EA: I thought the parts of Persuasion I was most curious about were the break up between Anne and Capt. Wentworth, their courtship and engagement prior to that, and their lives between breaking up and getting back together.
I started three years after the break up, when Anne is being courted by Charles Musgrove. The story is told in that time period with a series of flashbacks to her time with Frederick.
We see how they met, what made them like each other and eventually fall in love, the engagement and subsequent breaking of it. That was probably the hardest scene to write. The first draft came quickly, but then I went back and redid it over and over again, trying to get it exactly right. I acted out the motions in my dining room to make sure they made sense. I saved no fewer than 3 alternate versions. I read it out loud.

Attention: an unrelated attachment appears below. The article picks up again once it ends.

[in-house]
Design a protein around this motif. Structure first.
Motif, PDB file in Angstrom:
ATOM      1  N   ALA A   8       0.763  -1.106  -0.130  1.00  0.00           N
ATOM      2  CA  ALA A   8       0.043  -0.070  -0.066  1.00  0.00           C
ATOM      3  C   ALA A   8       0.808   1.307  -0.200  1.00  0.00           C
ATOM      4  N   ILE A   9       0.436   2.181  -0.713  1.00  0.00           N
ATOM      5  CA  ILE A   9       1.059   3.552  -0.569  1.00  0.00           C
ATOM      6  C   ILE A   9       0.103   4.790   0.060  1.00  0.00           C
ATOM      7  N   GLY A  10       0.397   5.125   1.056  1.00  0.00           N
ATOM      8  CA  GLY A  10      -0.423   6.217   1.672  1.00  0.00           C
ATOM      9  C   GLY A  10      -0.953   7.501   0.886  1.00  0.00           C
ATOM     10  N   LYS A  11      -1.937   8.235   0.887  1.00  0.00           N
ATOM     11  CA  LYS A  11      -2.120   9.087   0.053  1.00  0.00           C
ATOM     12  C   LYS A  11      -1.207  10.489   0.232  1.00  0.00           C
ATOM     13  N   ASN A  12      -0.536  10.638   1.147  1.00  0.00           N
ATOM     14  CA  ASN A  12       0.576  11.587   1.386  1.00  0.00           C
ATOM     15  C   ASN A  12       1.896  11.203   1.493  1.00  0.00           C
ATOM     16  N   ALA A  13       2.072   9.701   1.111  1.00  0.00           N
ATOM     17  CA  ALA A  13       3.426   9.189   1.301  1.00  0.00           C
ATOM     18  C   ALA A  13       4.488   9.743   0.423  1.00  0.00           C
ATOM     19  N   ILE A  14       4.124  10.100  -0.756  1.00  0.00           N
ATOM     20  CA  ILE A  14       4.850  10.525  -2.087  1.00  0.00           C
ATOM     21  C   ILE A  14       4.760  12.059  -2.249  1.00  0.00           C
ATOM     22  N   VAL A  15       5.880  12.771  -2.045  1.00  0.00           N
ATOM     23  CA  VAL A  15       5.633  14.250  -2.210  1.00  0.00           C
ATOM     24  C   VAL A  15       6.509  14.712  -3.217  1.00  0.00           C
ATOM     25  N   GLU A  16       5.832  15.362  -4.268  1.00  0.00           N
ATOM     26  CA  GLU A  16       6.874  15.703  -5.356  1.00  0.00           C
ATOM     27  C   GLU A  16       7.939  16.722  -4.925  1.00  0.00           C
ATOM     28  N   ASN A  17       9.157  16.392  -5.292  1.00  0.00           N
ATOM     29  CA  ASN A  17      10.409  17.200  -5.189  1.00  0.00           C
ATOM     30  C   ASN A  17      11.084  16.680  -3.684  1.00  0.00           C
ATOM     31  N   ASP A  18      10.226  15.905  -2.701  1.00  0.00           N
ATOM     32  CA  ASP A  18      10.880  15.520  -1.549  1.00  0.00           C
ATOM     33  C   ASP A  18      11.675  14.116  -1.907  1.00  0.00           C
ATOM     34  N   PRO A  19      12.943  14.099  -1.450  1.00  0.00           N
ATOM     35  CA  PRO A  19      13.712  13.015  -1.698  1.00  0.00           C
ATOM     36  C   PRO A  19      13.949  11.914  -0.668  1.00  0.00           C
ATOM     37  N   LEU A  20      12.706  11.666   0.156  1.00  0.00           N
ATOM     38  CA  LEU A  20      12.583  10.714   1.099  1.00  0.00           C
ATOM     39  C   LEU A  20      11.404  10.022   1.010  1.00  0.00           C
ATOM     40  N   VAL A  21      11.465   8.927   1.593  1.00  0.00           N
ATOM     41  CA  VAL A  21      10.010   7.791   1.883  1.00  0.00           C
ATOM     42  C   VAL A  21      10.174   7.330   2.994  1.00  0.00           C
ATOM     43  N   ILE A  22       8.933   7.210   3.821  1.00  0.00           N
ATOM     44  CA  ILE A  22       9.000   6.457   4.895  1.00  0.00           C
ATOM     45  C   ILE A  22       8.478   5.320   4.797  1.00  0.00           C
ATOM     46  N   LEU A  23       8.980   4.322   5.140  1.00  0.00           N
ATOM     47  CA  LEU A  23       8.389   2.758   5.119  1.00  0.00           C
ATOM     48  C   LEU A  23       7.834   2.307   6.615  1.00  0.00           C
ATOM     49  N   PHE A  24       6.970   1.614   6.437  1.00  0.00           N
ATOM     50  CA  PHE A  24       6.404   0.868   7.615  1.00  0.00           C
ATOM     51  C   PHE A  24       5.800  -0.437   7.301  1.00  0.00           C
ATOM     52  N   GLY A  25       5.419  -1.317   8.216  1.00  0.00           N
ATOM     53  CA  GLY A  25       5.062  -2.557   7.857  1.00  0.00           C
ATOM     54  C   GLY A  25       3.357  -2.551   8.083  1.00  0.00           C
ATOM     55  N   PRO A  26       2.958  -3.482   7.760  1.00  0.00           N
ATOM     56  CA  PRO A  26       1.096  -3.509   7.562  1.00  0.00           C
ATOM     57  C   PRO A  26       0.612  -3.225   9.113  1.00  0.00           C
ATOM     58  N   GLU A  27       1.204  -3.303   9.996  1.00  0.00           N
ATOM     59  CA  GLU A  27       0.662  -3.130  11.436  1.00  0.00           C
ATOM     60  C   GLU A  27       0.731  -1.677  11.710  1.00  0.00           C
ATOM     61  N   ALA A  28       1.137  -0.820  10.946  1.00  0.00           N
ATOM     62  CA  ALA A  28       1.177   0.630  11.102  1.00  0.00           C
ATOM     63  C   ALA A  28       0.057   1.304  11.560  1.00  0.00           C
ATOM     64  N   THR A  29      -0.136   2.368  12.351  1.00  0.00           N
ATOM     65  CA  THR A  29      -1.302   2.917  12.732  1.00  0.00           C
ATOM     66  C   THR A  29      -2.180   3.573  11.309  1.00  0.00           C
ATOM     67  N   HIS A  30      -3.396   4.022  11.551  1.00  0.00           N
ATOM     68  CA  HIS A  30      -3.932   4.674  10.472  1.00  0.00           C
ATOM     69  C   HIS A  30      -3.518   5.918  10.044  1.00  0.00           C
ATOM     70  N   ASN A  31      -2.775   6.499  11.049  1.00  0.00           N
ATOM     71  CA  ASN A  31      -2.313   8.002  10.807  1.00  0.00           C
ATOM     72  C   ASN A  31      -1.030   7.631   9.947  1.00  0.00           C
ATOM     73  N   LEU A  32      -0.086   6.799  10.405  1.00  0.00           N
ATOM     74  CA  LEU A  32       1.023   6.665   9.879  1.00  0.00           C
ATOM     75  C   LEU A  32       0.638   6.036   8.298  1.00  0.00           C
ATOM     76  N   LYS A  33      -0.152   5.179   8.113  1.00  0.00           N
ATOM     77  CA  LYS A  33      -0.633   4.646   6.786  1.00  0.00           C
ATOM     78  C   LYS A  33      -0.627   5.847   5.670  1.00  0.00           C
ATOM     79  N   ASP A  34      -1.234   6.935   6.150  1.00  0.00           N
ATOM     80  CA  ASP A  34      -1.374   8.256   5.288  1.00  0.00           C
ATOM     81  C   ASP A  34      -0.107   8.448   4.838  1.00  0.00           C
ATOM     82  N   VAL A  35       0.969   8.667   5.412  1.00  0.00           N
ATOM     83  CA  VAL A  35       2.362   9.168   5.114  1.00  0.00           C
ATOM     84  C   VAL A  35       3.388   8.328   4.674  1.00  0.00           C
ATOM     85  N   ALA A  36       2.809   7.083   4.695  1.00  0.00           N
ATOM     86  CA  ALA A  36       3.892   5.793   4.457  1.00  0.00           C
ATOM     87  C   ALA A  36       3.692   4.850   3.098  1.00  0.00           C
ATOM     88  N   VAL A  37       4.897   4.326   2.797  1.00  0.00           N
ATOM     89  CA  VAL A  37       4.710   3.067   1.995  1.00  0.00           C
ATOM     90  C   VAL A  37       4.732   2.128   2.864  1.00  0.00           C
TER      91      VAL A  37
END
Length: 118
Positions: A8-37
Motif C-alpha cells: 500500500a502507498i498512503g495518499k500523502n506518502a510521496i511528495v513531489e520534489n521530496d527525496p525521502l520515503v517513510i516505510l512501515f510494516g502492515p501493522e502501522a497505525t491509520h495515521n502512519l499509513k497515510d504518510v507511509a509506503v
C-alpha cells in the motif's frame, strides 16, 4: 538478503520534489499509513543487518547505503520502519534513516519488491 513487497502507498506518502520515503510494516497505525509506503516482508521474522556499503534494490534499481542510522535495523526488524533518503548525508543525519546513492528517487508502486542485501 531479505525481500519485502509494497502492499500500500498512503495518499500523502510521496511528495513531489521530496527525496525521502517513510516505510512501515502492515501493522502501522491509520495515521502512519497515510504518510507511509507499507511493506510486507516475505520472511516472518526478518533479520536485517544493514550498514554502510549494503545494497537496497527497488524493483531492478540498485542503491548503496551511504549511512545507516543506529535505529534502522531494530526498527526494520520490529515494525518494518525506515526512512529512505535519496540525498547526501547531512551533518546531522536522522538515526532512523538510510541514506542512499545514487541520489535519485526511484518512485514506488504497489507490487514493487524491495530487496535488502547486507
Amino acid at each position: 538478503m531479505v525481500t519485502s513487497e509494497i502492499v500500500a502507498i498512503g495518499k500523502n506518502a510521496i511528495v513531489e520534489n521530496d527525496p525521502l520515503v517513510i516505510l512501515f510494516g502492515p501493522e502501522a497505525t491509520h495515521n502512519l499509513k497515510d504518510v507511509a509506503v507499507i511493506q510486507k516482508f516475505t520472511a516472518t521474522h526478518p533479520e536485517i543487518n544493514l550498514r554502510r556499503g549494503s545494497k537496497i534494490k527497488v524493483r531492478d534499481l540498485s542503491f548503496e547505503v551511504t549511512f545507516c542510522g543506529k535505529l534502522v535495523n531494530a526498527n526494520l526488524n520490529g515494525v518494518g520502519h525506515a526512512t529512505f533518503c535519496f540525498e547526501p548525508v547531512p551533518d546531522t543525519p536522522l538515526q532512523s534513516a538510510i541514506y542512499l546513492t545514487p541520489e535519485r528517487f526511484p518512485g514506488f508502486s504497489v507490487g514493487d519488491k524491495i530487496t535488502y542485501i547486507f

If you’re going to break up one of literature’s favorite couples, you have to do it right.
I wanted to show the reader why Anne made the choices she did, which of course meant I had to know why she made the choices she did. Seeking out her motives was a long process, but I think it all worked out in the end. We’ll see if the readers agree!
Thank you so much to Elizabeth for the answers she gave to my questions! I hope you all enjoyed reading them as much as I did.
Elizabeth Adams is a book-loving, tango-dancing, Austen enthusiast. She loves old houses and thinks birthdays should be celebrated with trips - as should most occasions. She can often be found by a sunny window with a cup of hot tea and a book in her hand.
She writes romantic comedy and comedic drama in both historic and modern settings.